7. Sleeve Package – this includes all of the above with two bonuses.
    1. One is a very basic one that I see so much online – someone standing like Tony Manero in “Staying Alive” and wonder why they have wrinkles all up and down their bodice.  Well, no wonder they have wrinkles all over the place, this is not a normal stance – so what is the normal stance?….this shows the correct stance for fitting and why.
    2. The second is an incredibly valuable resource that would normally be included on its own, however, you must have the knowledge of the first 6 resources in order to understand many of the concepts in this resource.  This is about altering the location, width, size and dimensions of the sleeve head and the armhole and how to figure those so that they can match and still have a successful sleeve insertion with a professional-looking sleeve head.  This is for fine-tuning the sleeve head placement into the bodice.  If the adjustments are more than the size pattern you are using, then you will need to make adjustments in the bodice first and then block out your own sleeve.  But reading through this and working the steps involved will give you a huge head start for making those bigger and more intricate sleeve and shoulder placement adjustments.

The bust area is integral to the sleeve/shoulder area, as it’s the fitting of the bust that can cause so many problems and bulk in the bust and underarm area.  To help with that are these dart resources. In order from beginner to advanced:

  1. Basic Dart Constrsuction – not only about bust darts but any kind of dart.  There are some very basic techniques that can make your dart couture-worthy.  That means you can hardly tell where the dart begins and ends because the technique of inserting and sewing the dart is so good!
  2. Front Bust Dart – the basic front bust dart/full bust dart/full bust adjustment – all of these apply.  If you need 4″ through the bust because you have chosen the correct shoulder, this shows you how to do that. People – this isn’t hard, it’s a step-by-step process (and not that many steps) and can really free you from being limited to certain baggy underarm styles.
  3. Front Bust Dart Advanced aka FBA on Steroids – what do you do when you take the bust dart to new heights and design ideas – this is what you can do and it’s a ton of fun!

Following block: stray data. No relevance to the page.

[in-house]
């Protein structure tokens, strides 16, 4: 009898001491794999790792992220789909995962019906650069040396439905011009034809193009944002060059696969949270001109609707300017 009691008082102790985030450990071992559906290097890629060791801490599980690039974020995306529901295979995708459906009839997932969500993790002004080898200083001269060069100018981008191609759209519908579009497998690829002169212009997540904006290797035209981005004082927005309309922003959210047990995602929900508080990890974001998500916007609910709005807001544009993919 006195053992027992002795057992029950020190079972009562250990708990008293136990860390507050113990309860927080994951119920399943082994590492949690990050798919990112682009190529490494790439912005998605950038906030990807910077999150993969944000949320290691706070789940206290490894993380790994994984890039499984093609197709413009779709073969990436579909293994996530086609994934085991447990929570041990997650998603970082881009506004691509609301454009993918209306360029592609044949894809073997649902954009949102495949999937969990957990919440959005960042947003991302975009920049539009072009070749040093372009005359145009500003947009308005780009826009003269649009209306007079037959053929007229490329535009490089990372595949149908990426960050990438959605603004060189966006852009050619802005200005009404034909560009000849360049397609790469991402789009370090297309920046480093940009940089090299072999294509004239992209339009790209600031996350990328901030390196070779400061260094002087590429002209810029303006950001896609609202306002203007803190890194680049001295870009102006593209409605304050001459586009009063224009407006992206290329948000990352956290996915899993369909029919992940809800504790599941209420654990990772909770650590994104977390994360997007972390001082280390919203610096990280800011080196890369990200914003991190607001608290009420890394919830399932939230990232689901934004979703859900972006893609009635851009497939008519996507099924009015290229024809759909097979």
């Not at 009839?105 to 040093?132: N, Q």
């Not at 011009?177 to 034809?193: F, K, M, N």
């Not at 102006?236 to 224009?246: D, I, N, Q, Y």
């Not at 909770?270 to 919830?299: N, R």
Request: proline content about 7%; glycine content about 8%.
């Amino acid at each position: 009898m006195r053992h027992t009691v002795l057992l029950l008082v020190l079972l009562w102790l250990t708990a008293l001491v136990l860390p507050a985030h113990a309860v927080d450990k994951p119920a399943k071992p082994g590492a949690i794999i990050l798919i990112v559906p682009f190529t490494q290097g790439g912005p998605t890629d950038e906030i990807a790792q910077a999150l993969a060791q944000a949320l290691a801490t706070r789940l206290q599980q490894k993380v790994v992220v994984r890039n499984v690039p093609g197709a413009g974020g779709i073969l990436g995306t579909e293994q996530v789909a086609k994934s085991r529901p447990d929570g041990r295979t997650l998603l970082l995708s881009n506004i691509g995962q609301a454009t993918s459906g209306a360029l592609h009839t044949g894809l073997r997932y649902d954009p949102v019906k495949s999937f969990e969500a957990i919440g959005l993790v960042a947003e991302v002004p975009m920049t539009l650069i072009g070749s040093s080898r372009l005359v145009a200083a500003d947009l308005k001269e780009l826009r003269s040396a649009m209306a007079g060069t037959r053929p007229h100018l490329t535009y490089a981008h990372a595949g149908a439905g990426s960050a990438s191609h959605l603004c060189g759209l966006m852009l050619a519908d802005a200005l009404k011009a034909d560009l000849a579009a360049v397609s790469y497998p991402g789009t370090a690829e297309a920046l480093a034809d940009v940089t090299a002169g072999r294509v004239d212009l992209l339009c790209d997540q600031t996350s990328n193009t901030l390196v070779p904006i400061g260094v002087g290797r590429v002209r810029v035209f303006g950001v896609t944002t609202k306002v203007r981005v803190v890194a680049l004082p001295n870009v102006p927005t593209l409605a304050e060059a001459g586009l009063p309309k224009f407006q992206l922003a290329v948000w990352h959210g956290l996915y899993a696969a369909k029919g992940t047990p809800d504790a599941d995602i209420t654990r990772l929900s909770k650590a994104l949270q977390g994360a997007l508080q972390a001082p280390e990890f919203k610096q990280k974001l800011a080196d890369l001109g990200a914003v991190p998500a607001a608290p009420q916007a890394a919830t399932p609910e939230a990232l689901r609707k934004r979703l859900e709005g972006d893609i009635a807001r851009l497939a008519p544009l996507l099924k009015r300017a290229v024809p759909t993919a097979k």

4. Dart Placement and Design – FBAs don’t necessarily have to be from the side seam to the bust point.  They can be moved all over the bodice, but only in certain methods, and this shows how.  But not only can you move the dart around, but you can also begin to set up clear seaming that can lead to design variations in your TNT (Tried ‘N True) designs.
  5. The Complete Dart Package – This includes all the dart resources for a lot less than the resources alone.  I like to do this so that if you need one, you can get it, but if you want the whole kit and caboodle, you can get that but for a lot less gravy!

Almost always my resources are written to give you not only what to do, but why I do what I do.  This is the way I teach, because 1) I don’t want you to think that sewing is a mystery and that only those who have divined the right karma from the universe can sew (something I used to believe in spades!!!!) and 2.) this allows you the knowledge of how to think through the solutions to your fitting questions.  so that you can determine the direction of how you want to sew your solutions.  Frankly, there are usually 5 or 6 correct answers, and I’m stupid enough to think that I have all of the answers.  I don’t.  Part of what I do when I get a new fitting problem for a client is work through the fitting problems one at a time, starting at the top – which is the shoulder.  Remember if you get the shoulder right, you almost halfway there!